His first pubStates, who had applied to him for lication was then made, and con. holy orders; and about the time the tained a statement of facts and opihigher question of succession was nions in relation to the use of Gypagitated, the same subject was This pamphlet circulated brought before the Danish govern. widely, and produced such a change ment, in consequence of a conver. in husbandry, by introducing the sation between Mr. Adams, then culture of clover, and other artifi. minister to Great Britain, and the cial grasses, as to give a magical inDanish minister to the same court, crease to the value of farms. Estates to which a favourable answer was which until then were unable to given; so that the Danish church maintain stock, for want of winter stood ready in case of difficulty, to fodder, and summer pasture, were confer on the American Episcopal suddenly brought into culture, and church the necessary powers of made productive. Formerly, on a Episcopal succession. But it is farm destitute of natural meadow, believed that this incident had no no stock could be supported; and influence on the conduct of the Bri. even where natural meadow ex. tish government or church, both of isted, the barn yard was exhaustwhich are represented by Mr. Pe- ed to keep up sufficient fertility, ters, in a letter from England, dated in the absence of irrigation,) to March 4th, 1786, as favourably dis. feed a very few horses and black posed. His opinion was subse. cattle. quently confirmed by the courteous In the year 1770, he was shown and friendly reception of the Right the effects of gypsum on clover, in Revd. and venerable Bishop White, a city lot, occupied by Mr. Jacob and his colleagues, who found the' Barge, on the commons of Phila. Archbishops and all the Bishops delphia. who were consulted on the business,

The secret of its powerful agen. acting with the utmost candour and cy, came from Germany, where it liberality of sentiment; so that it is was accidentally discovered. Mr. obvious that the English prelates Peters obtained a small quantity, were from the first ready and de.' which he used successfully, and sirous to convey the succession to gradually promoted its consumpthe American church; and that the · tion, until by his example, and his only condition they made was, that publications, the importation from there should not be such a depar. Nova Scotia alone, into the single ture, either in discipline, worship, port of Philadelphia, increased to or doctrine, as would destroy the the amount of fourteen thousand identity of the two churches in their tons-annually, before the discovery spiritual character.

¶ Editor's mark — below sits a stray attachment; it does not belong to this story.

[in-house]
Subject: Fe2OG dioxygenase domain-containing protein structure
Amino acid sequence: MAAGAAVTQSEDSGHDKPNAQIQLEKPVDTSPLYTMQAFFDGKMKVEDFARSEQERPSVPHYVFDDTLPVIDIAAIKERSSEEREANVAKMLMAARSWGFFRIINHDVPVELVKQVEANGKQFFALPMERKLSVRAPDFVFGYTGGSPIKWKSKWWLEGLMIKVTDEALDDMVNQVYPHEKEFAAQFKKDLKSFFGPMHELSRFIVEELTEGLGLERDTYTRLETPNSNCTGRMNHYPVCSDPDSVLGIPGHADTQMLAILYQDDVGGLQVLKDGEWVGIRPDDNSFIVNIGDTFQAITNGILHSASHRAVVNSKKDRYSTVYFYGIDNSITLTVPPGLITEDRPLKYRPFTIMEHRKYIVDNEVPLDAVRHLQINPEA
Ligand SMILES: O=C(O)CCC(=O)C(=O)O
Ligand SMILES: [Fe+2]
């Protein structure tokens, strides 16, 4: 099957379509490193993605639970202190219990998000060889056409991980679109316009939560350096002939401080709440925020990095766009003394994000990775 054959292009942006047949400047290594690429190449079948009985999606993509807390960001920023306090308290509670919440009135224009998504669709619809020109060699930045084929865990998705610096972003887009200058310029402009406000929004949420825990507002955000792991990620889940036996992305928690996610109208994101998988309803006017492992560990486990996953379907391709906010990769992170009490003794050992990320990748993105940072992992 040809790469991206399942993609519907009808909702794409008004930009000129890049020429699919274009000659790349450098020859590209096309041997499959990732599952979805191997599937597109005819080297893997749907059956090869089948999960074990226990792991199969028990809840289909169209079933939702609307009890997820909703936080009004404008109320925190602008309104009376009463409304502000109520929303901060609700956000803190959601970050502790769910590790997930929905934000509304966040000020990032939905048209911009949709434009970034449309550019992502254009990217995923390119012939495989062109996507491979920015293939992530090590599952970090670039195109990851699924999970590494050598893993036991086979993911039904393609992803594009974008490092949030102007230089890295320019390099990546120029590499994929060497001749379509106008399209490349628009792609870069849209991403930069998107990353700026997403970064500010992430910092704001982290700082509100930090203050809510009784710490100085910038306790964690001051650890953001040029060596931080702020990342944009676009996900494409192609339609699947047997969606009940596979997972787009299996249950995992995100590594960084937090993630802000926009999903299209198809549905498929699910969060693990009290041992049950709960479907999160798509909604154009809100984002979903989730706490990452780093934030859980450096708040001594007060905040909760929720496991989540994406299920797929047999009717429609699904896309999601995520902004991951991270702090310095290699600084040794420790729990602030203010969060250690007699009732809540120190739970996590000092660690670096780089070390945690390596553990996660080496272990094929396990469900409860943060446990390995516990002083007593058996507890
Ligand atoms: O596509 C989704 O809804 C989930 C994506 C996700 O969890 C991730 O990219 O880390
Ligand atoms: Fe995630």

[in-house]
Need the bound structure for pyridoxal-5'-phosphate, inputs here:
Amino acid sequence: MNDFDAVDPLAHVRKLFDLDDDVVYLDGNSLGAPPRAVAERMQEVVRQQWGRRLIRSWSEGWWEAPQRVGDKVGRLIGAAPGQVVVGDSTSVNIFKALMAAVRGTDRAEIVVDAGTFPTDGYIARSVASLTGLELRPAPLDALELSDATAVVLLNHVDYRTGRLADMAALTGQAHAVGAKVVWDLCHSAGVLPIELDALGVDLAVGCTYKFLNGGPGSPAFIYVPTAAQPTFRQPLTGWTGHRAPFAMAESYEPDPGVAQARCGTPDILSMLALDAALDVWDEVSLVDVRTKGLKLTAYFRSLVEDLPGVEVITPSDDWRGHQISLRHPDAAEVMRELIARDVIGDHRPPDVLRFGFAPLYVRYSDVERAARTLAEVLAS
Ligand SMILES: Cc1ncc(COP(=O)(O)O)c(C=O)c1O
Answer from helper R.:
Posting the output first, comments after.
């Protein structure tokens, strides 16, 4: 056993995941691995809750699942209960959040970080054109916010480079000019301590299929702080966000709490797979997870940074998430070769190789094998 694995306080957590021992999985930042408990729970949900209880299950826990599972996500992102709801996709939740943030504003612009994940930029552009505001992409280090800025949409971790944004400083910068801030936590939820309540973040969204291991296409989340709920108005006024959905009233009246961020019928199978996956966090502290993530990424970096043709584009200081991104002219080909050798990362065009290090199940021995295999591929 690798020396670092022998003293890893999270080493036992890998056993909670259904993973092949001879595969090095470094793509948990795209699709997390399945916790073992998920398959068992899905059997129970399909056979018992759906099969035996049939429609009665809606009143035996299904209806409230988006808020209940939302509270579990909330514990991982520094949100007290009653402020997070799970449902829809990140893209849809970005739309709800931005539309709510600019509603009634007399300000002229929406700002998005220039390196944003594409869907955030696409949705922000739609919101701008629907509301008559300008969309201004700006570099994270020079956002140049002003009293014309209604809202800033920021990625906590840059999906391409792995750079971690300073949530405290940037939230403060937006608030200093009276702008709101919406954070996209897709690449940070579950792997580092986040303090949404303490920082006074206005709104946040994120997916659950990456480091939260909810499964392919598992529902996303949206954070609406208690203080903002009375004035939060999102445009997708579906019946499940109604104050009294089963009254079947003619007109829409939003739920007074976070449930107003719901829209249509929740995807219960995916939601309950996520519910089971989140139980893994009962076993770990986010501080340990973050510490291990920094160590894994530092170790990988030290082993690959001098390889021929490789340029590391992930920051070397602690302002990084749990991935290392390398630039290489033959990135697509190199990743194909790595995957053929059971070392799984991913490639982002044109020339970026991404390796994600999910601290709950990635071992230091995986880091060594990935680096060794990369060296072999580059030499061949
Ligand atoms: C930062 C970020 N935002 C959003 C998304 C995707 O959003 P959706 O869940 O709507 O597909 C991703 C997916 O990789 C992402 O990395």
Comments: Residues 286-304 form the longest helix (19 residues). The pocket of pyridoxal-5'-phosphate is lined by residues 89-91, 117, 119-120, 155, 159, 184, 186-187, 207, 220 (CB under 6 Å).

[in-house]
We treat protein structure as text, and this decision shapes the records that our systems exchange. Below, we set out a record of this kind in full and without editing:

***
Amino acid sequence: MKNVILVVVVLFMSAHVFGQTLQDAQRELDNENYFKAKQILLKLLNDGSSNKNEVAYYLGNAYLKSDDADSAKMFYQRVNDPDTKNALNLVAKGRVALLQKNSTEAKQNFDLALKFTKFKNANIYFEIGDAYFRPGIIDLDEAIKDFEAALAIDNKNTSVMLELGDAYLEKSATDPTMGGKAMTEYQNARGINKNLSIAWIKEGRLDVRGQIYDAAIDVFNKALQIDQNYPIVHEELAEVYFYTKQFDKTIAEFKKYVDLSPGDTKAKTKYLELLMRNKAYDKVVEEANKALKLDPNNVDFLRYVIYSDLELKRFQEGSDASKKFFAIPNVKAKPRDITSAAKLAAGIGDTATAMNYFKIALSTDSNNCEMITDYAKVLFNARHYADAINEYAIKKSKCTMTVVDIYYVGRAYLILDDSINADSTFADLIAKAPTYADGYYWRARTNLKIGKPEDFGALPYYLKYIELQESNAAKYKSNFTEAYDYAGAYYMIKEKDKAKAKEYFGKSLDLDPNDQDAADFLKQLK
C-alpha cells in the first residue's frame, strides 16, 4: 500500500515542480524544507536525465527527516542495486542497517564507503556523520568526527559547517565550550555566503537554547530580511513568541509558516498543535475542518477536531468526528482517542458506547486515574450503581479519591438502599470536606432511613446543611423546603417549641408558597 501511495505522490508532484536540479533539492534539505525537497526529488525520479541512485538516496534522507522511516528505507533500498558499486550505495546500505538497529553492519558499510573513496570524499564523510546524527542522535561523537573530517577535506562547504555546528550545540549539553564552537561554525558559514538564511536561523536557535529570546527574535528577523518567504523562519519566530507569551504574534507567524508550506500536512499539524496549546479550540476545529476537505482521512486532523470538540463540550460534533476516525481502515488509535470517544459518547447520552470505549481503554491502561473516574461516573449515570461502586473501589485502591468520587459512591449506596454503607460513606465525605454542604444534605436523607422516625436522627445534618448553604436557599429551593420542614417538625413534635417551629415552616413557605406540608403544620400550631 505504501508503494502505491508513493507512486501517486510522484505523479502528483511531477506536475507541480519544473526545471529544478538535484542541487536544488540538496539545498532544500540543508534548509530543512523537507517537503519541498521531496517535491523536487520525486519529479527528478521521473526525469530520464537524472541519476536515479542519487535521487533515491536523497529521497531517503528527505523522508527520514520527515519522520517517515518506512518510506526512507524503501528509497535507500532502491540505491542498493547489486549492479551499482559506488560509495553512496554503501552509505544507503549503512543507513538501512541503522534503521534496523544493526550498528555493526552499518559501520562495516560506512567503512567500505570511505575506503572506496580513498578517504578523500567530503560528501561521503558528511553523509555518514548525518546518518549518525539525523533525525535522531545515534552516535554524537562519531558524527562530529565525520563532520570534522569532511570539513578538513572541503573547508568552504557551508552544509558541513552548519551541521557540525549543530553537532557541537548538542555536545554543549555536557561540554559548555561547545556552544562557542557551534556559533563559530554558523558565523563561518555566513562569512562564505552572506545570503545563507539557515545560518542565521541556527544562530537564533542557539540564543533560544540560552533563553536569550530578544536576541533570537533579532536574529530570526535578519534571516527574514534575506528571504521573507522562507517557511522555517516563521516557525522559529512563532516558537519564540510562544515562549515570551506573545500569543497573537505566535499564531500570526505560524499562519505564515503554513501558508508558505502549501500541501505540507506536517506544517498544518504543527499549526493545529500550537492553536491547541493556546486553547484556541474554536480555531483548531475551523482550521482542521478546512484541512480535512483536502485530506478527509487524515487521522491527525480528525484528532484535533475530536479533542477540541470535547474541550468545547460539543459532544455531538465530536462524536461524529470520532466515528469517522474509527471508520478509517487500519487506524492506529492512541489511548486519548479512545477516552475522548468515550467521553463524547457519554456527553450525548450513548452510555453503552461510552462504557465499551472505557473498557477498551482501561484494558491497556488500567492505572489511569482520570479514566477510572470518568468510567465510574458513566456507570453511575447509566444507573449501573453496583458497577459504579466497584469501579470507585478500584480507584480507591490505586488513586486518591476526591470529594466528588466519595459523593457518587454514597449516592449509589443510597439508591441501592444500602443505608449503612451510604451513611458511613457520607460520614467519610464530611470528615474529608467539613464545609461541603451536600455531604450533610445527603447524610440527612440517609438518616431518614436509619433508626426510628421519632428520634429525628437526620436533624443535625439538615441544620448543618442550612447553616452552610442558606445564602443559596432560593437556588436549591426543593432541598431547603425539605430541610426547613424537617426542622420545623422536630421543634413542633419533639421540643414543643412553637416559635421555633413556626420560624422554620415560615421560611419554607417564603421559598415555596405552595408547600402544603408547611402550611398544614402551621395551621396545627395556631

of that fossil in the United States. As a practical farmer, Mr. Pe. But his rural labours were not ters had from time to time commu. confined to the tillage of the ground;


to the mere variety of grasses, or 'but received the striking tribute of alimental improvement of the soil the simultaneous adoption of their which produced them. He was principles by Judge Stowell, the zealously employed in improving, distinguished maritime judge of by crosses, the breed of sheep and Great Britain. other animals. The broad-tail Bar- The qualities of Judge Peters as bary rams, procured at Tunis by a friend and companion in social General Eaton, having been con. life were remarkable. His ready fided to his care, he placed them and brilliant wit made him the ad. advantageously, and pressed on the miration of all his acquaintance, farmers the propriety of using while his good taste and kind dis. them.

position prevented any violation of In order to appreciate properly decorum or good feeling. his industry in treating on husband. A short time before his decease, ry and matters auxiliary to it, we he took occasion to declare, that he must consult his voluminous com- bore no ill will to any person living, munications, published in the Me- and that he had never suffered the moirs of the Philadelphia Agricul. pain of taking vengeance on any tural Society.

It is not estimating the quantity About a fortnight after this of his labour too high, by placing it declaration, so illustrative of the at one fourth of each volume; the happy calmness of his mind, while quality of these productions is sitting in his chair, he expired shown by their wide circulation, without a struggle, at his country and great popularity.

residence near Philadelphia ; the As a judge, his purity was of spot where he was born, and had the highest order, and his quick- lived more than 84 years. ness of perception and sagacity en. abled him to appear with great ad. vantage by the side of judge Wash. ington, his associate in the circuit Aug. 22, 1828.

At his country court. Even when they occasion. house, at Montrouge, near Paris, ally differed, which was but sel. aged 71, the celebrated phrenolodom, his opinions were generally gist, Dr. Gall. sustained. During the term when Jean Joseph Gall was born in they were together, the greatest 1758, in a village of the Duchy of cordiality existed between them, Baden ; his parents were in trade. and they cheerfully co-operated in At Baden he first commenced his furthering the ends of justice. Of education. Then at Brucksal, and the admiralty law of the U. States, afterwards at Strasburg, he stuJudge Peters may be deemed the died medicine, under professor Herfounder.

mann. At Vienna in Austria, he beHis decisions, which are col. came invested with the title of doclected with some few others in Pe. tor, in the year 1785, and afterters's Reports, form the ground wards followed the practice of me. work of this branch of our juris. dicine; but at this place be was prudence; and have been sanc. not permitted to develope his new tioned, not only by our own courts, deas on the functions of the brain,